Pediatric heart muscle diseases (cardiomyopathies) remain a significant cause of morbidity and mortality. Classified into a descriptive group of disorders that include dilated cardiomyopathy (DCM), hypertrophic cardiomyopathy (HCM), restrictive cardiomyopathy (RCM), arrhythmogenic right ventricular cardiomyopathy (ARVC);and left ventricular noncompaction (LVNC), these disorders lead to heart failure and/or sudden death. Although little improvement in outcomes has occurred in the care of these disorders during the past 35 years, the underlying etiologies for several of these cardiomyopathies has begun to unravel. However, the vast majority of patients remain undiagnosed etiologically. The understanding of the causes of disease in children is significantly worse than that in adult disease as there are fewer affected patients and fewer resources have been designated for the study of these patients. However, the NIH-supported Pediatric Cardiomyopathy Registry (PCMR) is attempting to overcome the previous inertia in this area by recruiting patient enrollments from institutions across North America, defining specific data in these children and analyzing the accrued information. To date, the PCMR has enrolled over 3,000 children. However, disturbingly, less than 25% of all patients have a defined etiology despite rigorous, standardized evaluation. The purpose of this proposed Pediatric Cardiomyopathy Specimen Repository (PCSR) is to obtain and maintain blood and myocardial tissue specimens from children enrolled in the PCMR (which will enable correlation of clinical and scientific data), define the etiologies (genetic, viral, etc.) responsible for the clinical phenotypes, and enable quality multicenter collaboration among scientists and clinicians in the quest to better illuminate the mechanisms involved in the development of these tragic diseases in children and their families.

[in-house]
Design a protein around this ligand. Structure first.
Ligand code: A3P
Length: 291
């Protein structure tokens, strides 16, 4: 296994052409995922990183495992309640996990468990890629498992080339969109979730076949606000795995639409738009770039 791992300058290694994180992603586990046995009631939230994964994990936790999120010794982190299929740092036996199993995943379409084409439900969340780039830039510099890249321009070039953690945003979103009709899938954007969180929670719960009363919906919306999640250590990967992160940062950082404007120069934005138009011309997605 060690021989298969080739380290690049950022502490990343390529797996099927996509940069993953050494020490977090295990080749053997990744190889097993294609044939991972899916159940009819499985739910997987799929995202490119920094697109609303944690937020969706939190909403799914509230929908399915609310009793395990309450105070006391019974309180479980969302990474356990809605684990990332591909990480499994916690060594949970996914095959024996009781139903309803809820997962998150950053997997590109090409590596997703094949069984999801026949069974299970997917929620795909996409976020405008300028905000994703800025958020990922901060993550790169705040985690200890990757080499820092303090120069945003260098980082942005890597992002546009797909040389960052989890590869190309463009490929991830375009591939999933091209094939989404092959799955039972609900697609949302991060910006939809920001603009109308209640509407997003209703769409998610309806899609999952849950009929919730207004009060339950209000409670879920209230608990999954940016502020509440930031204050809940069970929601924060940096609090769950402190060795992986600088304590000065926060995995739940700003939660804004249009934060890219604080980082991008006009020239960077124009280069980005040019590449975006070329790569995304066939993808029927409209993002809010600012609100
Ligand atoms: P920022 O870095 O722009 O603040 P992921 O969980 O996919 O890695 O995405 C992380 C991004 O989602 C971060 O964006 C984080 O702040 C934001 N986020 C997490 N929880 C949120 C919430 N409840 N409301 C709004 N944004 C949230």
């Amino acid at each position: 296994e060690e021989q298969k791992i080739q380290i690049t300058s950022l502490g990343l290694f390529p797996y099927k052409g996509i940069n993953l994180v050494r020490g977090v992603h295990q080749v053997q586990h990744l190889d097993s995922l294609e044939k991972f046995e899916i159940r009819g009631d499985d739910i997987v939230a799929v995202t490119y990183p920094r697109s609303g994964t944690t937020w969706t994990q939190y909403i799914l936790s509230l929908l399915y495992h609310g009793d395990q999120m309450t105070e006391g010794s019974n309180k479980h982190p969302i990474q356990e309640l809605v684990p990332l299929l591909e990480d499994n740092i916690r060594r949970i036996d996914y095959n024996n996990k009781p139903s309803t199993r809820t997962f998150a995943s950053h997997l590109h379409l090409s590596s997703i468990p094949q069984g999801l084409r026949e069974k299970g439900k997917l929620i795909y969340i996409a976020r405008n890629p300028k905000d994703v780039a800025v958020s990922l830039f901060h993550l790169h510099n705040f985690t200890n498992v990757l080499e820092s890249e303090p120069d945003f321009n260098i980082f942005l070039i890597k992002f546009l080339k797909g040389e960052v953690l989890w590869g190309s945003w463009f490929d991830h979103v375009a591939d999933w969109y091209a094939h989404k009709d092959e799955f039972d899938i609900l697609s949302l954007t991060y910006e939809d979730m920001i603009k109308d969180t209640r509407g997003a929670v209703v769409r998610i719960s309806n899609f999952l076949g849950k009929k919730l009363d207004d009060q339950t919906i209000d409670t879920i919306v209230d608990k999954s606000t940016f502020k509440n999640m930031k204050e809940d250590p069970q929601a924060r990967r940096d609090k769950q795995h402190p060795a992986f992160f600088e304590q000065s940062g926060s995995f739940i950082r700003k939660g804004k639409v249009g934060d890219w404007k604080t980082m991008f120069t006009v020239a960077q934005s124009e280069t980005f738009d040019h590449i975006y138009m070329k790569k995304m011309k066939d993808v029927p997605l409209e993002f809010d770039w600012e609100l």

National Institute of Health (NIH)
National Heart, Lung, and Blood Institute (NHLBI)
Research Project (R01)
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Cardiovascular and Sleep Epidemiology (CASE)
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Kaltman, Jonathan R
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Cincinnati Children's Hospital Medical Center
United States
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